Entering a room full of people who already know each other is not the easiest social encounter; you don’t know anybody and nobody knows you. You can sense all eyes on you and, therefore, feel acutely self-conscious. It is even worse being a newcomer not just to a party, but a workplace.
When I first accepted the position at the University of Bonn in the framework of the MSCA SOCRATES ETN project, more than a year ago (how time has flown, I have come a long way since then), this issue had not even crossed my mind in my enthusiasm to get started. First, I thought about it some weeks after I signed my acceptance letter when, still as a master’s student in the University of Turin, I went to Bonn for the project’s third network wide event. I suddenly realized I would start the project being the outsider, and I was afraid of feeling left out.
The second unpleasant thing I noticed is that I would be a computational chemist surrounded by experimental chemists and chemical engineers; people with different backgrounds and life experience. The talks presented by my colleagues only drove home this point even further. From the first moment, however, everybody tried to include and integrate me into the social events, especially my would-be friend and colleague Roberto (ESR09), the other computational chemist in the program.
In June I finally started the PhD; in a new place, in a new environment. From the first moment, I was given a lot of work. If you think “computational chemistry” it’s a small field, and somehow we are doing the same sort of research over and over, you couldn’t be more wrong. Everything was different for me: the methods, the timetables. Concerning even the theoretical background required to work on these projects, I wondered how to connect what I already know with my new project, how I could use my expertise in the new field.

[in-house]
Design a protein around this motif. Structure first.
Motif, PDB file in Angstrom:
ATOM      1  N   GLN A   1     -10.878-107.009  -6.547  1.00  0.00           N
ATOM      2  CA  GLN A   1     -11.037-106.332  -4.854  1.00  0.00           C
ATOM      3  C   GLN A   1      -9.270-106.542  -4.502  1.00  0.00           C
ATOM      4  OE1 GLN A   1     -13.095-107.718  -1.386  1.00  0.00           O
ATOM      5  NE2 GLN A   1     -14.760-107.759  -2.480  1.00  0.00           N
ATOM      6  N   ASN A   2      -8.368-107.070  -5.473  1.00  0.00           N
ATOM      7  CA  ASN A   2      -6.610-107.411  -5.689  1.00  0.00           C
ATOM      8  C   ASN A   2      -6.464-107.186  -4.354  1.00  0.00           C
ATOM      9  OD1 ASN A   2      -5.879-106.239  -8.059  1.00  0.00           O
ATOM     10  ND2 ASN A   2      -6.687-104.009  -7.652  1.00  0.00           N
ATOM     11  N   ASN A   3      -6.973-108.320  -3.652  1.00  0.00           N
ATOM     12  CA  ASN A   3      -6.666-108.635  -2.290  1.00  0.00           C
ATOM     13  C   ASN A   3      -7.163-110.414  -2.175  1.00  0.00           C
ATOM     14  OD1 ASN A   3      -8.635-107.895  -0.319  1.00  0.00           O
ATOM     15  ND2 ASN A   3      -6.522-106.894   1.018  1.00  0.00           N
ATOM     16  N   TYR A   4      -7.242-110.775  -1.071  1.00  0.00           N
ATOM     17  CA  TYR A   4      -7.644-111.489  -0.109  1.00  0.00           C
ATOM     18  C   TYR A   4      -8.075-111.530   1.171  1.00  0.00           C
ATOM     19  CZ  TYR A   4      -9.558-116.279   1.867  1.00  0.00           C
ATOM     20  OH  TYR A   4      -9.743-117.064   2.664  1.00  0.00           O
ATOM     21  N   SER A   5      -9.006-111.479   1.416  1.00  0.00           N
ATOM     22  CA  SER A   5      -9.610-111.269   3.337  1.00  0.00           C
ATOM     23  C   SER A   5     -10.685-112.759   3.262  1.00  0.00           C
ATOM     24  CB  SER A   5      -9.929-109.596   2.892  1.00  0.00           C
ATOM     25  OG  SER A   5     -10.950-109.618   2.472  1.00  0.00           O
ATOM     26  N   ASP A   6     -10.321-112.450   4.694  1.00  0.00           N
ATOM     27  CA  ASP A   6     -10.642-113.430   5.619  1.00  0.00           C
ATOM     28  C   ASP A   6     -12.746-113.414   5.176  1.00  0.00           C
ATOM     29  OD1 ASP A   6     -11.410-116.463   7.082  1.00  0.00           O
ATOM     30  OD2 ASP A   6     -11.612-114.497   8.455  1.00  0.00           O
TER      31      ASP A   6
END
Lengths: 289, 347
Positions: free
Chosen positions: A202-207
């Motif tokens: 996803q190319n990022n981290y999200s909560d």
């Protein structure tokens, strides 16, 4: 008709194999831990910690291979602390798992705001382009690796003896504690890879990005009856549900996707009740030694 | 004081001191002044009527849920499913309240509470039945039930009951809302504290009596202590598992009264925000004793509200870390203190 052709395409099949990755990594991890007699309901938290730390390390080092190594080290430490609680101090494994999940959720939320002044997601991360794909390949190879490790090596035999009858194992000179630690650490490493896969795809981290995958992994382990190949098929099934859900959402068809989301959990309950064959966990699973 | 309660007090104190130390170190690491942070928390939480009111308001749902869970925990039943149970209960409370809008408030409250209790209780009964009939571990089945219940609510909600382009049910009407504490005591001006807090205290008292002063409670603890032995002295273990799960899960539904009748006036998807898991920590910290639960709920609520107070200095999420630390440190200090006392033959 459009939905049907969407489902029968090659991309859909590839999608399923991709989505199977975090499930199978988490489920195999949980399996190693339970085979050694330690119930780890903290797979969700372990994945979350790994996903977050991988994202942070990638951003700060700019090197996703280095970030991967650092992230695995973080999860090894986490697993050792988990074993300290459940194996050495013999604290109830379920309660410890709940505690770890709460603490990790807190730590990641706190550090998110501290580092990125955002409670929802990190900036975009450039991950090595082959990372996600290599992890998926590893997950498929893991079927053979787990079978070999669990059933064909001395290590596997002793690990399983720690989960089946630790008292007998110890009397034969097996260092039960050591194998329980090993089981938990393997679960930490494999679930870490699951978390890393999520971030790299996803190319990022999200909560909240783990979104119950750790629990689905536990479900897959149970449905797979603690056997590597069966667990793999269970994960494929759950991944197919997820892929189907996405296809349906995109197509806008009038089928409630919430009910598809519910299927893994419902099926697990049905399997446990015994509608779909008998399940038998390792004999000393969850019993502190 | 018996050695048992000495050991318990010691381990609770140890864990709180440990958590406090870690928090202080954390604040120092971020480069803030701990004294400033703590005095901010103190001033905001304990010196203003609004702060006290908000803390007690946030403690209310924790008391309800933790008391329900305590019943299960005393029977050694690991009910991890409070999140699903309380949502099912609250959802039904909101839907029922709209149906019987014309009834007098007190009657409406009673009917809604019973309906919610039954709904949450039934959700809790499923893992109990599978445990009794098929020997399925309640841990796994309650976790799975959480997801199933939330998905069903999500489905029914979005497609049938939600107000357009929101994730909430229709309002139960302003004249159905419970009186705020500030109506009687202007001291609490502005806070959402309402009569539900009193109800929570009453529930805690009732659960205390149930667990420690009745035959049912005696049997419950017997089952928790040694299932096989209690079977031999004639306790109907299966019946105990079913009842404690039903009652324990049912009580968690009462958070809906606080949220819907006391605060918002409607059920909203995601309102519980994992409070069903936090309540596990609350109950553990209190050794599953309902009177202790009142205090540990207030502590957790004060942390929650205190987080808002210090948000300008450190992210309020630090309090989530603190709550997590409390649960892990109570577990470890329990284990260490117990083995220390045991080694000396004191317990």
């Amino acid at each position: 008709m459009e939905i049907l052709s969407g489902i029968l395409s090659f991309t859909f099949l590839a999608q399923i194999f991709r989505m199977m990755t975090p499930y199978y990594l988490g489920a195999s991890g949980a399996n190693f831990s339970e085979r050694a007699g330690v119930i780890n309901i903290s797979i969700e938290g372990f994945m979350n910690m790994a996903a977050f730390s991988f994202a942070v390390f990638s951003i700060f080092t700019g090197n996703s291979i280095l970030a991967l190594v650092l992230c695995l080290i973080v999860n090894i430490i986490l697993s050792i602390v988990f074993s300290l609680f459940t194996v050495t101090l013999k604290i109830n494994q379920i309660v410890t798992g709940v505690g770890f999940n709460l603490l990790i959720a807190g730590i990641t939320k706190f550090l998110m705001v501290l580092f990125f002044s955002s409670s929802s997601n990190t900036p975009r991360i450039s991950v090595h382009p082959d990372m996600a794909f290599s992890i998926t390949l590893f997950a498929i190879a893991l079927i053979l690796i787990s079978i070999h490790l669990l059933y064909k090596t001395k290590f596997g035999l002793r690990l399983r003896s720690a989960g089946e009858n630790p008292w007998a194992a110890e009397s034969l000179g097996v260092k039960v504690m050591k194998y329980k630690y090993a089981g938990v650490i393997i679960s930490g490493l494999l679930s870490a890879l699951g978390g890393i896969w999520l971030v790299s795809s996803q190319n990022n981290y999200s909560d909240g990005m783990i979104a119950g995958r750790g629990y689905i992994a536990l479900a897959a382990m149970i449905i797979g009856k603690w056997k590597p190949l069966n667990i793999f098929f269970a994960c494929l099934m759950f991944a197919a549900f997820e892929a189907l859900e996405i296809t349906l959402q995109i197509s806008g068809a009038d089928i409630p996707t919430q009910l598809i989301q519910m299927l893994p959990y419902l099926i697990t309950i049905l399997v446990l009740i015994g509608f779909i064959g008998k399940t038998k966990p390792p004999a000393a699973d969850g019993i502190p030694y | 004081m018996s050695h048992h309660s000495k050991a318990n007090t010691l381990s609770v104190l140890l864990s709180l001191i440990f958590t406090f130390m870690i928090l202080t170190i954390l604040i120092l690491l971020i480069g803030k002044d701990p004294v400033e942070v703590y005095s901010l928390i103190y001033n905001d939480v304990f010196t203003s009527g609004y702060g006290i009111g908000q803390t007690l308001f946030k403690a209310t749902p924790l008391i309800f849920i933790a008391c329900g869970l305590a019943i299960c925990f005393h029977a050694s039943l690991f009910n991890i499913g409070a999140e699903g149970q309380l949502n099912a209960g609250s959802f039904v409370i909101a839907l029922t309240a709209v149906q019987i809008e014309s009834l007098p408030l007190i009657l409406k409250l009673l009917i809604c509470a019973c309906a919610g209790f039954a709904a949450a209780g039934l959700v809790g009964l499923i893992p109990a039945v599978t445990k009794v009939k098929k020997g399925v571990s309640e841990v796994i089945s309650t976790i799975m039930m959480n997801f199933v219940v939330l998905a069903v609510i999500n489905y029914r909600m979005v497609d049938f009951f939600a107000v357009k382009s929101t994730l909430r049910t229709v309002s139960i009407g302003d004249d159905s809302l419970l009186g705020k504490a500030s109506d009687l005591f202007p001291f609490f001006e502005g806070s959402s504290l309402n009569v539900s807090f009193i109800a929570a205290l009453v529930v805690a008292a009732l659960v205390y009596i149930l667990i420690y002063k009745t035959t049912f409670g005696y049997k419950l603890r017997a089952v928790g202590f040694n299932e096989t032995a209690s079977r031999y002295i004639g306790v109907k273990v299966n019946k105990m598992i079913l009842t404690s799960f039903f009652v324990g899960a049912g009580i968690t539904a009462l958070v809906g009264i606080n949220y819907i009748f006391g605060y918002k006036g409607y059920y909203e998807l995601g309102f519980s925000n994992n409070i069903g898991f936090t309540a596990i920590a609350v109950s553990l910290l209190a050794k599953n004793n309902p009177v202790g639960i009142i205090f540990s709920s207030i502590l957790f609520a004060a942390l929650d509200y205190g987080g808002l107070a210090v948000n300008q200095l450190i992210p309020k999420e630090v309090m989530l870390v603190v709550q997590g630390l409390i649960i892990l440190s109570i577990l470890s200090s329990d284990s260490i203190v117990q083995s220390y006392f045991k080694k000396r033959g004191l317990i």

In only three months from my starting date, it would have been the Midterm Evaluation and I was quite stressed about it. It was the first time I would be presenting my work in English and I panicked. I didn’t know if I would be able to do that, and I wasn’t sure if what I had done in the previous months would be good enough.
But something completely unexpected happened: everything went fine. People really liked my presentation and my work even if was little compared to what others presented due the different time-lines different people had. I gradually started to realize I wasn’t alone, my work wasn’t something unrelated to other people.
Now I’ve finished my first secondment at KU Leuven in the SOLVOMET group. In this opportunity, I confronted myself with an assignment in an experimental group and I now understand better how to connect the dots and build bridges for effective cross talk. I started collaborating with other people in my project (like Giacomo, ESR08) and I really feel I’ve found my place in these joint efforts.
PhD can be really difficult, and very different from a master’s program; nevertheless, I’m delighted to have found not one but two groups of people who will help and stand by me during this path: the Kirchner group and the ETN SOCRATES team!
I thought I would start the project being the outsider, and I was afraid to feel left out. One year later, I can say with confidence and delight that I couldn’t have been farther away from the reality of the situation.
About the author:
Gwydyon Marchelli studied Chemistry at the University of Turin where he learned how to model the behavior of condensed matter. In June 2018 he started his PhD at the Mulliken Center (University of Bonn) under the guidance of prof. Kirchner. He now focuses on modeling the interactions between metals and ligands with different computational tools.